Eddie Arkin is Lorraine Feather's oldest friend and songwriting partner. A composer, guitarist, producer and arranger who has worked with a gamut of people that includes Stanley Clarke, Diane Schuur, Nnenna Freelon, Lee Ritenour, Barry Manilow, Nancy Wilson and David Benoit, he has been Feather's simpatico first-call collaborator since the beginning of her songwriting career.
One of Feather's songs can involve an interconnected series of lyrical adventures. Commenting on what this involves, she said: "Eddie is great for a writing process that has a long trajectory and a lot of sections. 'Attachments' was on the complicated side to writeit evolved slowly from just a 'list' song about someone's various lovers, to the other attachments in a person's life, and then at the end, what I had first conceived as someone talking to himself or herself, turned into an intimate conversation over drinks, and you realize that one has been saying these things to another. I came up with my talking lines at the end, "I don't know where you're going with this and I don't want to talk about it,
" after the song was pretty much done, ran the idea by Eddie and he liked it. If I have several ideas for a word or phrase, he will always tell me right away which of them he would choose. He's especially discerning that way. I'm also more likely to bring him a lyric I'm unsure of, because if he doesn't think it would make a good song, he'll say so immediately."
Feather often begins writing a song by having her husband, drummer Tony Morales, work out a groove and record it. As a lyricist, her writing is so poetically conceived, with such precision meter and rhyming, that she can use what Morales records for her to build the lyrical architecture of the song. "On the Attachments
album, he did this on four songs," Feather told me. "How it works is that either I ask Tony if he could play something in a certain vein, like a slow shuffle featuring the toms, as if I were singing 'Why Don't You Do Right?'I requested this recentlyor a samba or rhumba or whatever, or I hear him playing something and get excited about it and ask if he'd please record it. He'll loop it for a few minutes, and I'll listen to that when I'm writing the lyrics."
When I asked Arkin how he utilizes these rhythm patterns that Morales records, he said, "I'll start by saying Tony is a terrific drummer. What he develops are usually 2- or 4-bar loops that Lorraine writes her lyrics to. This affects the composition in two ways. The most obvious is that these grooves define and lock in the tempo. Secondly, depending on the style of these loops, whether they're Latin, jazz, hip-hop, swing, etc., they will help define how the arrangement will unfold as Lorraine and I work on the song.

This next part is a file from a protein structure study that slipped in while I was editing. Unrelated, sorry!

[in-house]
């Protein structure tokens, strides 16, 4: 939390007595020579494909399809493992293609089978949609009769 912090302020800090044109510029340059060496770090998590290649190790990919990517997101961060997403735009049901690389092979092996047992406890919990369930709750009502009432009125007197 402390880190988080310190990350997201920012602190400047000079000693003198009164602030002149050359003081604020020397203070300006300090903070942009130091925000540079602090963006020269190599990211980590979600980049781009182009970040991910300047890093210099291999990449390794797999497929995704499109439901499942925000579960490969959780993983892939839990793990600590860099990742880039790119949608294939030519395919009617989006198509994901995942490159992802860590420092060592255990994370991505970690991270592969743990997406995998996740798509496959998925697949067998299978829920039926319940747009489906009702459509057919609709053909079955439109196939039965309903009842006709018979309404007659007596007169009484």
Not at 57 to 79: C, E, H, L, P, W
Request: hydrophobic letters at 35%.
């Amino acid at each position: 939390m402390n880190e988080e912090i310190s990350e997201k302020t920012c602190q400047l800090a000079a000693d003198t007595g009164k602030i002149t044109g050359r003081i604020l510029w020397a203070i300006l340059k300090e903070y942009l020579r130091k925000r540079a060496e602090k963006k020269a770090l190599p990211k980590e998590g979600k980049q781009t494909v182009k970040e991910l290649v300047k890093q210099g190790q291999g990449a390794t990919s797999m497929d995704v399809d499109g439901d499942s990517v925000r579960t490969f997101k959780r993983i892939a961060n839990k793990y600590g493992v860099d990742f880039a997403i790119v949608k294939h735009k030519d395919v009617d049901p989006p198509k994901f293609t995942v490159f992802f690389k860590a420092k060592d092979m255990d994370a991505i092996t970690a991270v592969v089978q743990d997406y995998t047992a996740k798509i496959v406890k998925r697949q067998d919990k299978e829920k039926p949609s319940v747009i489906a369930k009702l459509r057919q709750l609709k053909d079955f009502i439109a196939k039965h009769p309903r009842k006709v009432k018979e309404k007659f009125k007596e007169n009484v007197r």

"As our writing process begins, we almost always get together in person and Lorraine will often speak the lyric in rhythmic phrases, showing me how she hears the lyric against the groove. This is often our jumping-off point, and we usually play around with the rhythm as I come up with melodic ideas. What we always work out on our own, independent of these grooves, is the length of the musical phrases and the differing rhythmic patterns within these phrases.
"Interestingly, for all the sophistication in both the music and lyrics of Lorraine's and my songs together, the actual compositions, almost all the time, follow quite traditional songwriting forms. For example, 'Attachments' is written in an AABAC form. The verses are twelve bars longvery traditional, though not a bluesand the B and C sections are both eight bars long, again very traditional. So, we expand these traditions by playing with the rhythmic phrasing of the lyrics, and using sophisticated chordal harmony."
One of Feather's hallmarks is a unique ability to fearlessly attack the diction of a lyric. Slow, medium, fast or crazy fast, she can sing all the words and hit all the notes in her vocal range. I asked Arkin how this, a skill few singers possess, affects the way he composes.
He said, "As we jazz musicians like to say, Lorraine has 'big ears' [referring to the aural attribute rather than the physical attribute]. So this is an area where our collaborations can really take off. Along with her razor sharp diction, Lorraine also possesses the ability to hit intervals that are outside the normal diatonic or blues scale style of songwriting. Thus, we're free to come up with melodies that are quite chromatic in nature, plus she's really comfortable singing the upper extensions of chords. And with the versatility of her voice, I can write a melody in her lower register and all of a sudden jump as much as an octave, and continue in her upper register with a smoothness as if she were singing one continuous line. These elements allow us to create very dramatic colors and constantly changing emotions. At the same time, she sings with a softness that pulls the listener into her story. Her voice is especially well suited to the depth and personal characteristics of her lyrics."